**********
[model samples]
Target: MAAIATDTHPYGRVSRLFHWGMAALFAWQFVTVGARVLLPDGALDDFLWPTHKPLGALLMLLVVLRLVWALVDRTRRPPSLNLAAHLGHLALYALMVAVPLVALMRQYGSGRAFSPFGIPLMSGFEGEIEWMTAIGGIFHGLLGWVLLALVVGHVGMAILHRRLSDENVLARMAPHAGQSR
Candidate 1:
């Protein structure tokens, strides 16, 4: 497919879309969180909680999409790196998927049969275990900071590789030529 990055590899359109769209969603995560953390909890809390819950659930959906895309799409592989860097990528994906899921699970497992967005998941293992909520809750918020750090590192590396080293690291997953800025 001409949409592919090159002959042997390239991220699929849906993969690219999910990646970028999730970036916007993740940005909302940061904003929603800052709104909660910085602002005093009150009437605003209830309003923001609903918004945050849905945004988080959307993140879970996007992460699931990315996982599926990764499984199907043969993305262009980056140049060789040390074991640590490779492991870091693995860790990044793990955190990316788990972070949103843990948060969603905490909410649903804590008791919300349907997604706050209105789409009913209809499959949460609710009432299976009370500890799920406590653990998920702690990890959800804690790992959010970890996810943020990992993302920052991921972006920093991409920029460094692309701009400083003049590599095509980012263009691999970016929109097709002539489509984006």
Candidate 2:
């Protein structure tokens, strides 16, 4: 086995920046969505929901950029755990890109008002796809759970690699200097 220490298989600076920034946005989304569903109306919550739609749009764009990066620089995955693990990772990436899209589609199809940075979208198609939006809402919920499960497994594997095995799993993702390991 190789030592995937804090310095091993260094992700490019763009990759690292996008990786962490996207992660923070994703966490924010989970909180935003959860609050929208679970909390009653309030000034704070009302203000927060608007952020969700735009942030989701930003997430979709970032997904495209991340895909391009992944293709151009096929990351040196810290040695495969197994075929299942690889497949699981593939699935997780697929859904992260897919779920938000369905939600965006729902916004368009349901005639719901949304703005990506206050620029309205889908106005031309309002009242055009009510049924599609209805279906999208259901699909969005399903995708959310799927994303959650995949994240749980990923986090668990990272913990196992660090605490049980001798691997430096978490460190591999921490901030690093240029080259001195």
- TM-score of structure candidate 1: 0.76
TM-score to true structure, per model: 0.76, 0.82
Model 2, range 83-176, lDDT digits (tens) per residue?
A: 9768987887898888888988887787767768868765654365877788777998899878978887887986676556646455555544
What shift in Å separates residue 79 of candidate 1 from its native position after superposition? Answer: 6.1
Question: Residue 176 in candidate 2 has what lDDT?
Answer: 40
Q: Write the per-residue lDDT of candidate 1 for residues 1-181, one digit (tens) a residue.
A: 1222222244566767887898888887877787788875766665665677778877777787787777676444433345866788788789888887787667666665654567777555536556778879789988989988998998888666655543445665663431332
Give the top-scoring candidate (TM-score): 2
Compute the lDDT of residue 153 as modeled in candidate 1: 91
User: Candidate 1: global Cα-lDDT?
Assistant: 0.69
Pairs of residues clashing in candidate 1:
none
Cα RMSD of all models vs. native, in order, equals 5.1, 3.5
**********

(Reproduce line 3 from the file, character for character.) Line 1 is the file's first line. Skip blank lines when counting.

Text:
Candidate 1: